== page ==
# Question #938a1

##### 3 Answers

The *crisscross method* for writing ionic formulas implies that the **charge** of one ion becomes the **subscript** of the second ion, and vice versa.

In addition to this, you need to look out for *a common factor* that the two subscripts would have, and use it to write them in the lowest possible whole ratio.

For example, if you have an

The

So, you want to write the ionic formula for *magnesium oxide*. The first thing you need to do is identify the cation, anion, and their respective charges.

Since magnesium is located in group 2 of the periodic table, it will **lose** two electrons to become the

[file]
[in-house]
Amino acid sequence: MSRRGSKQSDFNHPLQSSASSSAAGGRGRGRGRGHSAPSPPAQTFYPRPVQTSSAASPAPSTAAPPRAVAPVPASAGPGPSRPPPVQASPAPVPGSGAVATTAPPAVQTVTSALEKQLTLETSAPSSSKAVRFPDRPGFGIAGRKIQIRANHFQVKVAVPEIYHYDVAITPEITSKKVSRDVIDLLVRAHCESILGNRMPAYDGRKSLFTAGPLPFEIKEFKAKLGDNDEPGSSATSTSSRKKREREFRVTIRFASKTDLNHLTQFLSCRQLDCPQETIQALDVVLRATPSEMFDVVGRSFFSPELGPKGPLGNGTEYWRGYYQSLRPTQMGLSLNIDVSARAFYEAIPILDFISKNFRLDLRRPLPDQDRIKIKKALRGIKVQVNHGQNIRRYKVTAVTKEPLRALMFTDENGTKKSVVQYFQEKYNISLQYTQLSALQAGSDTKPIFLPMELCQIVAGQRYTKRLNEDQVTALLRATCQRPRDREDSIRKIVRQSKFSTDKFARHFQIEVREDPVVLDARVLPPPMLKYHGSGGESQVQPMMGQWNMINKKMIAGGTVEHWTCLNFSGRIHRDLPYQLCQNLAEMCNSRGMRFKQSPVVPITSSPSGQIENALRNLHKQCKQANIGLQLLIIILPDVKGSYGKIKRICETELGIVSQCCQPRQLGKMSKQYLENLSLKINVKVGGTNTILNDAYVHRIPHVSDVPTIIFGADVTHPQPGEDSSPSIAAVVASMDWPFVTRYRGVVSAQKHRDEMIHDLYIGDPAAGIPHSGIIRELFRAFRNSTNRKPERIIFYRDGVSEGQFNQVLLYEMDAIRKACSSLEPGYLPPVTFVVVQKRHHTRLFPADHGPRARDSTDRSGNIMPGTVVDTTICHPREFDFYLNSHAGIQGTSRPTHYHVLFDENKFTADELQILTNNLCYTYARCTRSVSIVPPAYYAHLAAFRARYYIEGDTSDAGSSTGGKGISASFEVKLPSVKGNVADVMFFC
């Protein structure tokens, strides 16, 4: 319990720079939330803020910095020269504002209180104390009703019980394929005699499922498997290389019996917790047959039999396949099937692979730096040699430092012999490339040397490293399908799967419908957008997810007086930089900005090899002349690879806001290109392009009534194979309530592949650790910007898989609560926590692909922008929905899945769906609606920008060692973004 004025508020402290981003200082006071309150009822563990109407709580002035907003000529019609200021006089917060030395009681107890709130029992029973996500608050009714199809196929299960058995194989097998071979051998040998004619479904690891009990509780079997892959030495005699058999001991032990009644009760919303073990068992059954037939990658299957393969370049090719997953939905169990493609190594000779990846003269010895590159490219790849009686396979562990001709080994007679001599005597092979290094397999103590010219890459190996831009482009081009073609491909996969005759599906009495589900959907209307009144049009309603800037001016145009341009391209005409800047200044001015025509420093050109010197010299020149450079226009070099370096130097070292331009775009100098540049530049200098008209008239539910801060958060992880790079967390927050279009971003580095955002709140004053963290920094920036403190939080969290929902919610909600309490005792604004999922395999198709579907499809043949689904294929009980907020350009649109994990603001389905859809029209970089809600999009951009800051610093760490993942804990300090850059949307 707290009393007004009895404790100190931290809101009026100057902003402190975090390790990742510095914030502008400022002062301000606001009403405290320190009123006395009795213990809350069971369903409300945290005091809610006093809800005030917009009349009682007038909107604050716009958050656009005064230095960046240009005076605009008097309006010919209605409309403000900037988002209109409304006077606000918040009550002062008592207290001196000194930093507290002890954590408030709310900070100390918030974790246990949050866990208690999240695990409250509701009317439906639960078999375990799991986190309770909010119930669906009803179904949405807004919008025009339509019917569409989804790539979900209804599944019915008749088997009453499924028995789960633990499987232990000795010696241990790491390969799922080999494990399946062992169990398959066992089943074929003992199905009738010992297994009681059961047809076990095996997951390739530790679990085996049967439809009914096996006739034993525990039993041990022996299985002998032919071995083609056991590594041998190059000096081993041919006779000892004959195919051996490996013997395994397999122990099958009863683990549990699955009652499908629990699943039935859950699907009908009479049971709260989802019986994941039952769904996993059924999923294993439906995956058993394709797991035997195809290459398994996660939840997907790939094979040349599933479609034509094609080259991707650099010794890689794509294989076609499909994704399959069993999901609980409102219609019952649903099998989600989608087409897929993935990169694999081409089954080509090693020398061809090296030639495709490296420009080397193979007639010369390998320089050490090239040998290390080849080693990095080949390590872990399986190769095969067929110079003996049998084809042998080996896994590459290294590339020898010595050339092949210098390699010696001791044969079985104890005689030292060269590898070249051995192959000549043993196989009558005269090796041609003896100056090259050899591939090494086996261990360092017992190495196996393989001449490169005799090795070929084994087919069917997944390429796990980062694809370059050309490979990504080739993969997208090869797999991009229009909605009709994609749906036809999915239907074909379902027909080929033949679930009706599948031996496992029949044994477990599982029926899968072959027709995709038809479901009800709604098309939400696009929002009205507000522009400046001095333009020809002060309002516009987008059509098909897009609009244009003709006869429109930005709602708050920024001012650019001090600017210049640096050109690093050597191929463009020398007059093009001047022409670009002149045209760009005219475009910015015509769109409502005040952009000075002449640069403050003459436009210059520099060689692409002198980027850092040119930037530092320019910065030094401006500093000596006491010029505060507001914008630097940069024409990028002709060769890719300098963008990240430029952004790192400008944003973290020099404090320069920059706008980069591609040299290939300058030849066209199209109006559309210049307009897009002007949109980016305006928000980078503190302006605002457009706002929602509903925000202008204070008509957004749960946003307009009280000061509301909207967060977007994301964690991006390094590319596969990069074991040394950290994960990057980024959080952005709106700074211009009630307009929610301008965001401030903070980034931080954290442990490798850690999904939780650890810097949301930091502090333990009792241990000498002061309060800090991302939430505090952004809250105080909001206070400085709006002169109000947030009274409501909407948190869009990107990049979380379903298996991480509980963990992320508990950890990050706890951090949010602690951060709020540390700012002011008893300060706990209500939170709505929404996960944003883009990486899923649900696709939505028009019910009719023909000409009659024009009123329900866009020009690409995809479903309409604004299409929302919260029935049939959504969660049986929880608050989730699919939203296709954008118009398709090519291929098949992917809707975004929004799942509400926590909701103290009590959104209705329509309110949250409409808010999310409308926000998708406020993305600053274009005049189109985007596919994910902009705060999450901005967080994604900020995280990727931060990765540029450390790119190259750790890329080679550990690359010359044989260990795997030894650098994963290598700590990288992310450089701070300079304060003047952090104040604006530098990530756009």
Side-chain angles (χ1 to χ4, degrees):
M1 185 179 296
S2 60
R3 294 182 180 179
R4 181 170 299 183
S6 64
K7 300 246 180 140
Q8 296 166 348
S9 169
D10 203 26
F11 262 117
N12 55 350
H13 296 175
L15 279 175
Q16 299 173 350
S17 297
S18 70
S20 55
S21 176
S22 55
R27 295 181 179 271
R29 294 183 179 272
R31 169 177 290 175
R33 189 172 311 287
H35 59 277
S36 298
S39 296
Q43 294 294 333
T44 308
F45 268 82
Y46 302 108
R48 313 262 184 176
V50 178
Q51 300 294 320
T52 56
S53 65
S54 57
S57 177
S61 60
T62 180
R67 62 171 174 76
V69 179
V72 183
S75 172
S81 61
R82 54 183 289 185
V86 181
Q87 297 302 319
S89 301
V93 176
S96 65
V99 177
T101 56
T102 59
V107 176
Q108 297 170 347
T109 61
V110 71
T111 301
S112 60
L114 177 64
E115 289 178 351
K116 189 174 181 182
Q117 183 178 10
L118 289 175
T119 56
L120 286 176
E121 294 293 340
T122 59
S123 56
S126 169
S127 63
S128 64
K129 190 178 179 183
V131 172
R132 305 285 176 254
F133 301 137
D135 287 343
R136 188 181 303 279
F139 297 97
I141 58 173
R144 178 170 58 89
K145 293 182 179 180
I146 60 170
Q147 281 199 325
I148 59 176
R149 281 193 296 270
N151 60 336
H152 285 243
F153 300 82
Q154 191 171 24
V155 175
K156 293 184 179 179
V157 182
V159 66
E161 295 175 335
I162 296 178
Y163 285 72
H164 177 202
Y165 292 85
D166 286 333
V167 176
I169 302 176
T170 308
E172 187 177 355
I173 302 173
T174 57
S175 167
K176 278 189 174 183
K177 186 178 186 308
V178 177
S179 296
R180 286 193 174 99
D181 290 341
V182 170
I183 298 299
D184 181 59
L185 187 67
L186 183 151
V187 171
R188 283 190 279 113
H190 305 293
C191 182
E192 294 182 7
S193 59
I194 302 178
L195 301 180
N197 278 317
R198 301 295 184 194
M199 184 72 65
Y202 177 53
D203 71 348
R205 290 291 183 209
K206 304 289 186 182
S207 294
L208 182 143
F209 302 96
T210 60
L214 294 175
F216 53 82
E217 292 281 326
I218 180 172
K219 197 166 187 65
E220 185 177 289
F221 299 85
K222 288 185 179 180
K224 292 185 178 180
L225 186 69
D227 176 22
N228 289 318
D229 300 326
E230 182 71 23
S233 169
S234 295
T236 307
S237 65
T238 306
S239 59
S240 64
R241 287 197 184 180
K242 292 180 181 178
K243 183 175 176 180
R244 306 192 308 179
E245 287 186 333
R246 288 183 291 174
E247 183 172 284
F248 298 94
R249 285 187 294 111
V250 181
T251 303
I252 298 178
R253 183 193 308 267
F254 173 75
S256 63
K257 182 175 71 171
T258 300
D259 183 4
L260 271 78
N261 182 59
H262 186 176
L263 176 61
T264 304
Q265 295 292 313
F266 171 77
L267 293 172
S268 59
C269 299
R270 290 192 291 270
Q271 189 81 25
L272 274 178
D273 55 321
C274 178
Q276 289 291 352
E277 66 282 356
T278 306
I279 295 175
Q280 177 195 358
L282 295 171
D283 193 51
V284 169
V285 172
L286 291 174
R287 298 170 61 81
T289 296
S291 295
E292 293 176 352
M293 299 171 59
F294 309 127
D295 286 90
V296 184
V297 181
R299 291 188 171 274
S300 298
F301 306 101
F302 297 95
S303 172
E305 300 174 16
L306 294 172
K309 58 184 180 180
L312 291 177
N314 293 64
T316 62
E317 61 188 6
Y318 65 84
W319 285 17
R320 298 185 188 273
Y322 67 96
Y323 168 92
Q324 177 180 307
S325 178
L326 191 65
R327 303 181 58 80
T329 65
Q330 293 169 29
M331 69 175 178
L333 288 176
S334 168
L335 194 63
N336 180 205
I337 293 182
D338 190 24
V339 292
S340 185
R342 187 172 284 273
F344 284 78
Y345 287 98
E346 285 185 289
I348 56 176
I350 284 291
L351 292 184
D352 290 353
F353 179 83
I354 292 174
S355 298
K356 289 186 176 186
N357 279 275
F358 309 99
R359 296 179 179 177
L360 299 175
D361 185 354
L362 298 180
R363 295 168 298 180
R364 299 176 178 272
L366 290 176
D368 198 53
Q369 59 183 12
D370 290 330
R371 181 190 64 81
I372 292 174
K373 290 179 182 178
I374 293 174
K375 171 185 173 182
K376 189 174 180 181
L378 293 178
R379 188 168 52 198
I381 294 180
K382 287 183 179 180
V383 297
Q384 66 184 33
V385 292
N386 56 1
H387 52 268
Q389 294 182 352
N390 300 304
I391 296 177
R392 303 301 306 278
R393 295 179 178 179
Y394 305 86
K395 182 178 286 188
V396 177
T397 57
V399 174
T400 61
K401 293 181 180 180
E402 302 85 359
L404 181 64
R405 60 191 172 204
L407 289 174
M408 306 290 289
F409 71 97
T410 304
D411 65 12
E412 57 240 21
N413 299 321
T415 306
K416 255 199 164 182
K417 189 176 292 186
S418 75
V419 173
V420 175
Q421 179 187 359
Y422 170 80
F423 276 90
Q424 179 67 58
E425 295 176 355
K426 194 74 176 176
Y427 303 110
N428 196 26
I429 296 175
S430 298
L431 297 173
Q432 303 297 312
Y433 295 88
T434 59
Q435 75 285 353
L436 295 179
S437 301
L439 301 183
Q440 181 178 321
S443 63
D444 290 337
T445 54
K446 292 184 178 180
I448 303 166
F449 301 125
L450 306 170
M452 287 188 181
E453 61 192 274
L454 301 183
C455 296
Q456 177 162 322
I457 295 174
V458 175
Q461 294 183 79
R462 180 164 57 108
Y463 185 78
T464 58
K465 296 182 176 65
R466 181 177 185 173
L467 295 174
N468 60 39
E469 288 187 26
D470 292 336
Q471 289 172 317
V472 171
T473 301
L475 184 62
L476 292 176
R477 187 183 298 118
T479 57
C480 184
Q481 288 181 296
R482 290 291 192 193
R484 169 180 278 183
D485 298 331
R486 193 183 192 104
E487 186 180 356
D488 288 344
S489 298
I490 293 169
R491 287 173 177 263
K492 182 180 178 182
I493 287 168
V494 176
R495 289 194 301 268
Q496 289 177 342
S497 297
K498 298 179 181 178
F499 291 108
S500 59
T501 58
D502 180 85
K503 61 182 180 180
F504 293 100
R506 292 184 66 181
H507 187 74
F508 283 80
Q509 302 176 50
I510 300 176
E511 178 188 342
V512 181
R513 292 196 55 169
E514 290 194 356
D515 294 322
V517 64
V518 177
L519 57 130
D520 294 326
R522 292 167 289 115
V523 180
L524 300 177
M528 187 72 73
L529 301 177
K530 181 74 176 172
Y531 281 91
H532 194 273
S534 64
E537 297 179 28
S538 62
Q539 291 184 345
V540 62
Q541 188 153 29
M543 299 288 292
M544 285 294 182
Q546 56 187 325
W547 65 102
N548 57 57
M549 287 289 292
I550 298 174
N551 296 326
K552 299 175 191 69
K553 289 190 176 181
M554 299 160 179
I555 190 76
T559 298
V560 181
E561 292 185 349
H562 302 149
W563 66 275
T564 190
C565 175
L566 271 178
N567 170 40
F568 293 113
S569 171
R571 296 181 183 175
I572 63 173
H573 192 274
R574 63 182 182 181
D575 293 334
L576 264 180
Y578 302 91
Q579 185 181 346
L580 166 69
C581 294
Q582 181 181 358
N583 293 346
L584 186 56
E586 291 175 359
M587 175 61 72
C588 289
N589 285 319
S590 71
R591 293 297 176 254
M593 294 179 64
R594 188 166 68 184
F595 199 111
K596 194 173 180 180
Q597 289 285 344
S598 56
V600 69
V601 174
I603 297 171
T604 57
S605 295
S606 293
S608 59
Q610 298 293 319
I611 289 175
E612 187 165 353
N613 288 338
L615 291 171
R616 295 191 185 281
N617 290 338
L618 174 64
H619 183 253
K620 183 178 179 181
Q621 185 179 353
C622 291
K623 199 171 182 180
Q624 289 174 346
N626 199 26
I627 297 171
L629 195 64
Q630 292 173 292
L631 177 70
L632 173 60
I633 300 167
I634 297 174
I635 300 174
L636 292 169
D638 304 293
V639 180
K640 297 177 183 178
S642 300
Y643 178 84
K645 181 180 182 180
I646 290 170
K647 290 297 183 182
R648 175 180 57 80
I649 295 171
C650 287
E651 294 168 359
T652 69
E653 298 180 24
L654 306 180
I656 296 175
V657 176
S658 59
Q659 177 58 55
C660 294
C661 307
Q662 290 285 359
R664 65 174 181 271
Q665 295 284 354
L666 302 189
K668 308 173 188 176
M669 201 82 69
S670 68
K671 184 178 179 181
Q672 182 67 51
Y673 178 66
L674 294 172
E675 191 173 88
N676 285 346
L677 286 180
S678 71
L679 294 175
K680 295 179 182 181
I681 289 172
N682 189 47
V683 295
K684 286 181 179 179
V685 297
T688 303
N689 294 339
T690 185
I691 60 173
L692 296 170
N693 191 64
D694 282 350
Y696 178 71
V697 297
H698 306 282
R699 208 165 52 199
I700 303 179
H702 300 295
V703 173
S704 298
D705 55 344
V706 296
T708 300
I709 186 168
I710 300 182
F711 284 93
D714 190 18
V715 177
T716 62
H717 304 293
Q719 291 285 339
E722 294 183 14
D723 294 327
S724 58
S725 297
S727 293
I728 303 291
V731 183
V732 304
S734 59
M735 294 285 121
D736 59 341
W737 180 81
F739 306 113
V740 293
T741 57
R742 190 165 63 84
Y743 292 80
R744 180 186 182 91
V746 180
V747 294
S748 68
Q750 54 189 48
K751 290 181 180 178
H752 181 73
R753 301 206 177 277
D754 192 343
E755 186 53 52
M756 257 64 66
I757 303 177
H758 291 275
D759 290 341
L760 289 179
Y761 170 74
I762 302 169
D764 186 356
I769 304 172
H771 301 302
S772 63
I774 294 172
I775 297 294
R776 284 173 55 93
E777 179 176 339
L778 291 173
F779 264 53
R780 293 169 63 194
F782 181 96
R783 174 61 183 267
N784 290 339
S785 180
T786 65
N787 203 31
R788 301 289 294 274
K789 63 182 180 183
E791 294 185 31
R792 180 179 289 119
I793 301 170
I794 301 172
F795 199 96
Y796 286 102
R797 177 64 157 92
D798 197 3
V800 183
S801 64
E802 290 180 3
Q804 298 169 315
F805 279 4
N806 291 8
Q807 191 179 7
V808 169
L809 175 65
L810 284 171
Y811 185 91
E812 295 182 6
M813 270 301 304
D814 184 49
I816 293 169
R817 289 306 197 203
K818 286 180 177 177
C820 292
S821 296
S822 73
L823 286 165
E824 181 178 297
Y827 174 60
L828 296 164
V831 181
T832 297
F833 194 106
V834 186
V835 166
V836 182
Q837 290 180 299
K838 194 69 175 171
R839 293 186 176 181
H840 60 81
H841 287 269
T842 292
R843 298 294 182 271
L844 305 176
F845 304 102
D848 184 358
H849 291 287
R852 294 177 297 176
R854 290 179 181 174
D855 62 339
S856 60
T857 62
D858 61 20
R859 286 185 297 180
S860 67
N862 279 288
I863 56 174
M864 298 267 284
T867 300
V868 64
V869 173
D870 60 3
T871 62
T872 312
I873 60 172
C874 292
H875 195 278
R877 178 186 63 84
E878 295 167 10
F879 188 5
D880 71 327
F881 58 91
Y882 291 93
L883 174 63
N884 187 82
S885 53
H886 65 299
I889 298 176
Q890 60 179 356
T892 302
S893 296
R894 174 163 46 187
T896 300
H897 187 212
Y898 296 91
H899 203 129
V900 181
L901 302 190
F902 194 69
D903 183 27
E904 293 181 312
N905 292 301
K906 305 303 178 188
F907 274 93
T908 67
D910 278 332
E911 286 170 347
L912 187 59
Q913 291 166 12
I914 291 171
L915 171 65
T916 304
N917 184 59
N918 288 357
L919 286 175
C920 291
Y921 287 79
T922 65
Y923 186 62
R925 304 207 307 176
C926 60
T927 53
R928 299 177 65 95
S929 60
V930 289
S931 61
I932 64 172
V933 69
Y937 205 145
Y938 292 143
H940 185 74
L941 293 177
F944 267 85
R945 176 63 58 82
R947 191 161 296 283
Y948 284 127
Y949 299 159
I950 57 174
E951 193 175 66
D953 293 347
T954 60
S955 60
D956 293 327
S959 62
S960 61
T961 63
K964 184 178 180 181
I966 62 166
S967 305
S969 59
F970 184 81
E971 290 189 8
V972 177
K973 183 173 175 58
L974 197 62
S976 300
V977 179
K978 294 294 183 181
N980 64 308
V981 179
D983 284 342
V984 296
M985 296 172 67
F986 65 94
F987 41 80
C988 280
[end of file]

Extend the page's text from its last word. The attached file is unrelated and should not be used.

On the other hand, oxygen, being located in group 16, will **gain** two electrons to form the

Using the crisscross method will get you

Notice that you can simplify the two subscripts by **2** to get the *smallest possible whole ratio* of

Crisscross method is simply writing the charges crossly near each element.

Since oxidation number of Mg (metal) is +2 and oxygen (nonmetal) is -2, if we cross them and write next to each; we get

Note that, in chemistry it is always preferred to write the simplest form of the formulas. By dividing each number of elements by 2, we get

crisscross method is a method for determining formula of compound with the help of charges.

here , charge carried by magnesium = +2(since its a metal)

```
charge carried by oxygen= -2(since its a nonmetal)
Mg+2O-2
```

on crisscrossing the values we get

Mg-2 O+2

since both the charges get cancels out = -2+2= 0

therefore formula is MgO